Hemolytic Uremic Syndrome in Emergency Medicine Medication

Updated: Jun 24, 2021
  • Author: Audrey J Tan, DO; Chief Editor: Steven C Dronen, MD, FAAEM  more...
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Medication

Medication Summary

For hemolytic uremic syndrome (HUS) related to Shiga toxin (ie, typical HUS), supportive care only is used. Medications for supportive care may include angiotensin-converting enzyme inhibitors (ACEIs) or angiotensin-receptor blockers (ARBs) for control of hypertension, or phenytoin for prevention of seizures. For complement-mediated HUS (ie, atypical HUS), two monoclonal antibodies that block complement component C5 have been approved for use: eculizumab and ravulizumab.

Refractory cases have been treated with vincristine or cyclosporine. Steroids are of questionable benefit, as are antiplatelet agents such as aspirin or dipyridamole. Fibrinolytic therapy is not only ineffective but it also increases the risk of bleeding.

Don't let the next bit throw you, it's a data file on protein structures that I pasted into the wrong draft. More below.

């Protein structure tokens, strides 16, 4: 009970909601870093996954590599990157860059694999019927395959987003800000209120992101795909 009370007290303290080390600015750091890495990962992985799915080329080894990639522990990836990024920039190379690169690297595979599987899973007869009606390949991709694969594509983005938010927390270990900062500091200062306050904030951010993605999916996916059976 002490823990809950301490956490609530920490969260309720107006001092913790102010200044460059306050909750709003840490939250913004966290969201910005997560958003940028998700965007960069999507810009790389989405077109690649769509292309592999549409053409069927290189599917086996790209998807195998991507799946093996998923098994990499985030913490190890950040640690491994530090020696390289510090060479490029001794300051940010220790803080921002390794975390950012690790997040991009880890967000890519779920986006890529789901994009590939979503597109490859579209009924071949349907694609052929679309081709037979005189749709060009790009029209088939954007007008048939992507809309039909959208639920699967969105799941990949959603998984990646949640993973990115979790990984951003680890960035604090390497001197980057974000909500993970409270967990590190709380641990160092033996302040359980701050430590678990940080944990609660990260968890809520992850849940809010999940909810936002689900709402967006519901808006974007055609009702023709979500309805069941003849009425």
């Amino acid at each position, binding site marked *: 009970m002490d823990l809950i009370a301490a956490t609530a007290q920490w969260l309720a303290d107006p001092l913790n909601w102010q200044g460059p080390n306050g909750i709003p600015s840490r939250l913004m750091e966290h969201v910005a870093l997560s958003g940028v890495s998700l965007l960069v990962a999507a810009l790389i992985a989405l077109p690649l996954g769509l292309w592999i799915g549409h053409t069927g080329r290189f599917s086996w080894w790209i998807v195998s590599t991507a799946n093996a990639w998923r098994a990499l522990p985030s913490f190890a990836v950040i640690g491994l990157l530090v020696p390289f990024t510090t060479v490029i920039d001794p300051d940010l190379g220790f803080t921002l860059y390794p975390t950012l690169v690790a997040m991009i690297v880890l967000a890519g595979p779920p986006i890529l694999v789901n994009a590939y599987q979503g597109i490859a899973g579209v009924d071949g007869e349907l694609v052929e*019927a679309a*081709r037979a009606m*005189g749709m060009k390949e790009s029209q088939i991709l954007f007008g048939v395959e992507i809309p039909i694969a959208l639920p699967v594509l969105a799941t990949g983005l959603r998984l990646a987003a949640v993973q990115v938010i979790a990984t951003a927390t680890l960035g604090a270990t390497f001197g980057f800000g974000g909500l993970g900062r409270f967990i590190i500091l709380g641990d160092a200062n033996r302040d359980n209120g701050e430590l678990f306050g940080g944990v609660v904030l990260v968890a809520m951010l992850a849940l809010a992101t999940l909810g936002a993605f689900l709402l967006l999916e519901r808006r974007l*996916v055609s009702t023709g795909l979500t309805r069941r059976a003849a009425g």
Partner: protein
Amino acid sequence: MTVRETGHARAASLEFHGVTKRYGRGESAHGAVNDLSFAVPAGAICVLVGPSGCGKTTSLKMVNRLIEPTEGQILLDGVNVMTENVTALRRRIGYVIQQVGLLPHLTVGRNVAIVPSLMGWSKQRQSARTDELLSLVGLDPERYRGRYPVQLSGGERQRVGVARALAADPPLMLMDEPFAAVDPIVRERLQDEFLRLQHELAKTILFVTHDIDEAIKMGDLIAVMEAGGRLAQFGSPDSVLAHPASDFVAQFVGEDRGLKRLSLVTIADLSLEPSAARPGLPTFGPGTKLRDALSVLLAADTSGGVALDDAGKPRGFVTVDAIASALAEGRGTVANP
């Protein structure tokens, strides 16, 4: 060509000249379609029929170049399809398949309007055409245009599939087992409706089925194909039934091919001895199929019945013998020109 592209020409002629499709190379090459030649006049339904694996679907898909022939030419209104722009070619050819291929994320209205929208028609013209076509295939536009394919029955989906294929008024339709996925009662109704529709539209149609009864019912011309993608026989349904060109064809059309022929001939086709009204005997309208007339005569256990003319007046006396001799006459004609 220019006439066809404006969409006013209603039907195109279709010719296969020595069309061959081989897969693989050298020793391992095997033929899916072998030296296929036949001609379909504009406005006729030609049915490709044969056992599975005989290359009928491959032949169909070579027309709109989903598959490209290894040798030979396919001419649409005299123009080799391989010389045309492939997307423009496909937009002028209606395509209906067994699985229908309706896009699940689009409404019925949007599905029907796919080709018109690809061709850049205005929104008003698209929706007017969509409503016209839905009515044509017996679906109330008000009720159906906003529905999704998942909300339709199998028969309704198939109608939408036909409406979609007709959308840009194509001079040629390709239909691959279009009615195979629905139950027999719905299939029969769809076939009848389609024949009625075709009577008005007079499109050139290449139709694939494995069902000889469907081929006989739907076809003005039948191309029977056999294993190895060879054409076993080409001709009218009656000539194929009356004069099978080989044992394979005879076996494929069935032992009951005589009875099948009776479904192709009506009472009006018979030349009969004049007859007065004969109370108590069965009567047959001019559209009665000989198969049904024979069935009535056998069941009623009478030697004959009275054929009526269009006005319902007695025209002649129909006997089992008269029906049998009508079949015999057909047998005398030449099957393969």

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Complement Inhibitors

Class Summary

Two monoclonal antibodies that block complement C5 are approved for use in atypical hemolytic uremic syndrome (HUS).  These agents may block the formation of membrane attack complex, which can stabilize hemoglobin and reduce the need for RBC transfusions.

Eculizumab (Soliris)

Monoclonal blocking antibody to complement protein C5; inhibits cleavage to C5a and C5b, thus preventing terminal complement complex C5b-9, thereby preventing RBC hemolysis. Inhibits terminal complement mediated intravascular hemolysis in PNH patients and complement-mediated thrombotic microangiopathy (TMA) in patients with aHUS.

Ravulizumab (Ravulizumab-cwvz, Ultomiris)

Ravulizumab is a monoclonal blocking antibody to complement protein C5; it inhibits cleavage to C5a and C5b, thus preventing terminal complement complex C5b-9, thereby preventing RBC hemolysis. It inhibits terminal complement-mediated intravascular hemolysis in patients with paroxysmal nocturnal hemoglobinuria and complement-mediated thrombotic microangiopathy in patients with aHUS.

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